Why is everyone talking about Emily in Paris?

In October 2020, the new Netflix series Emily started in Paris and hardly any other series this year caused as much an uproar on the Internet as this one. Perhaps it is due to the extraordinarily large number of clichés that the series serves with a sassy matter of course.



Emily is a social media expert from Chicago, and by chance she was transferred to the French marketing agency “Savoir”. There Emily not only encounters a lot of French arrogance, but also a boss who is almost too similar to Miranda Priestly. As was to be expected, not everything in Paris is as rosy as Emily imagined. Nevertheless, a light-flooded old apartment on one of the upper floors with a view of the Eiffel Tower and the agony of having to learn a new foreign language are not as bad as real life.

Of course, a romantic relationship should not be missing between all the coffee breaks in chic Parisian establishments. For this, Emily’s good-looking more or less long term neighbor, who, oh shame, is also with Emily’s friend Camille. In fact, the main character Emily played by Lily Collins is in no way a spectator favorite. Emily seems cheeky, annoying and put on. As a European viewer, one is not at all surprised why she does not make any social contacts in the beginning of the series.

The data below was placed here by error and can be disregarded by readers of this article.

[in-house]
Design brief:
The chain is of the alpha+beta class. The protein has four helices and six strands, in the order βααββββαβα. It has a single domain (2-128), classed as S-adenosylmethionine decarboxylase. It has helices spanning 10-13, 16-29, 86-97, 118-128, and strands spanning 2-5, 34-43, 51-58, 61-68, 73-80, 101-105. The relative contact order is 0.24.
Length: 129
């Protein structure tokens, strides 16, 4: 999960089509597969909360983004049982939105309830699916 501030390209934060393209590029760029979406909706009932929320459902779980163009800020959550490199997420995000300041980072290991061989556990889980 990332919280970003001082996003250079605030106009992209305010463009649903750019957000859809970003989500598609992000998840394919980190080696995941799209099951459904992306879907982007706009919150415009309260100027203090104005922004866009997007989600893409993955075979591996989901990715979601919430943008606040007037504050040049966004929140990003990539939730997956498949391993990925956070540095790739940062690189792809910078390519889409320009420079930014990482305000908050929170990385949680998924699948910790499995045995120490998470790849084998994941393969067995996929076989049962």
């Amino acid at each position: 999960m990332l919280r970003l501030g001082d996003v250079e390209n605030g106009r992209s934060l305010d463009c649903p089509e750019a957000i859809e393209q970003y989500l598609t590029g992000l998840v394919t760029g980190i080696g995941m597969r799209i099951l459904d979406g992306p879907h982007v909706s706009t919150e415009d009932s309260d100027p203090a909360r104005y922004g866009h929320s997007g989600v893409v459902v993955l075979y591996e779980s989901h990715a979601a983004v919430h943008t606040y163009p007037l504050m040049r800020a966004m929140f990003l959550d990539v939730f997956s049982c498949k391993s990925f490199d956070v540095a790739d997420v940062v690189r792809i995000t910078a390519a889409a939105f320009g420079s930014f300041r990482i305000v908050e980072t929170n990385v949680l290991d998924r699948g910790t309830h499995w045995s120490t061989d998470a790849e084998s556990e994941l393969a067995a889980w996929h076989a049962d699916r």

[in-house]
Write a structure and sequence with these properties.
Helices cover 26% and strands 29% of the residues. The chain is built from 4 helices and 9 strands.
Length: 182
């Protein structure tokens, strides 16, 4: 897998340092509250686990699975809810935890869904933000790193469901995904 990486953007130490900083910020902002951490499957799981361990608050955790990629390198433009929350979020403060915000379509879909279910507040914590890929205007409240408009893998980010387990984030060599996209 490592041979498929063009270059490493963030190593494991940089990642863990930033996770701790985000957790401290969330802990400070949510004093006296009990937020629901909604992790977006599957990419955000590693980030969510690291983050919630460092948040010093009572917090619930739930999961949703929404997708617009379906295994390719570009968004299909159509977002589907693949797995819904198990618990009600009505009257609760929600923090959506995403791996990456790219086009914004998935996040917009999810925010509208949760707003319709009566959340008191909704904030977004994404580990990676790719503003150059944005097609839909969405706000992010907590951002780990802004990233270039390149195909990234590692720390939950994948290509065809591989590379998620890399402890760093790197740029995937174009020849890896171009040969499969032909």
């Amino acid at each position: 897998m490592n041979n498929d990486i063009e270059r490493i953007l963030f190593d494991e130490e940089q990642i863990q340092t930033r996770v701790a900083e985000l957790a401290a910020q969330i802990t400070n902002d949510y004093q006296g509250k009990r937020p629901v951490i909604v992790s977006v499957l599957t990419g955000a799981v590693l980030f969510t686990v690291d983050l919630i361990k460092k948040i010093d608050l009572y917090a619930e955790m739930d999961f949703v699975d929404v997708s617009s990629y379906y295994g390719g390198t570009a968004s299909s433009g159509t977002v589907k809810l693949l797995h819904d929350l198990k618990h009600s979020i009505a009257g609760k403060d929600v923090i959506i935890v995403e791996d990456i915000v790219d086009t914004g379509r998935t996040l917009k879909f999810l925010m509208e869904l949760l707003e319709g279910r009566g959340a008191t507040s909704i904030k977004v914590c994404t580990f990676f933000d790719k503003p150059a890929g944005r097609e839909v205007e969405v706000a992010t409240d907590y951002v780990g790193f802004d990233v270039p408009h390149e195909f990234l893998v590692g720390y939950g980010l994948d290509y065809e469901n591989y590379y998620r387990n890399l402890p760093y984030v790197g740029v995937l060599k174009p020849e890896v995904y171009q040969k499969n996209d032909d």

Photo: copyright Netflix 

Lily Collins as Emily Cooper in "Emily in Paris."


The legendary costume designer Patricia Field, who was celebrated for her great success with her work for Sex an the City, gave the whole disaster only the cherry on the icing with Emily’s overly extroverted looks.

Alice + Olivia Blouses, Manolo Blahnik Shoes and far too many different Chanel handbags. Emily’s exaggerated outfits, which change daily seem incredibly inauthentic. One constantly wonders where she can find the space for so many different outfits? Not to mention how they can afford these innumerable Chanel accessories that keep appearing very prominently in the picture.


Nevertheless, the series is quite addictive with its shallow plot and predictable storyline. Meeting Mindy for a baguette on the Seine or a champagne in Café de Flore to chat about current boys’ stories seems repetitive. If the series had come out in 2010, it would probably be just fine.


Emily in Paris | A-List | Journal | SoSUE



Photos: copyright Netflix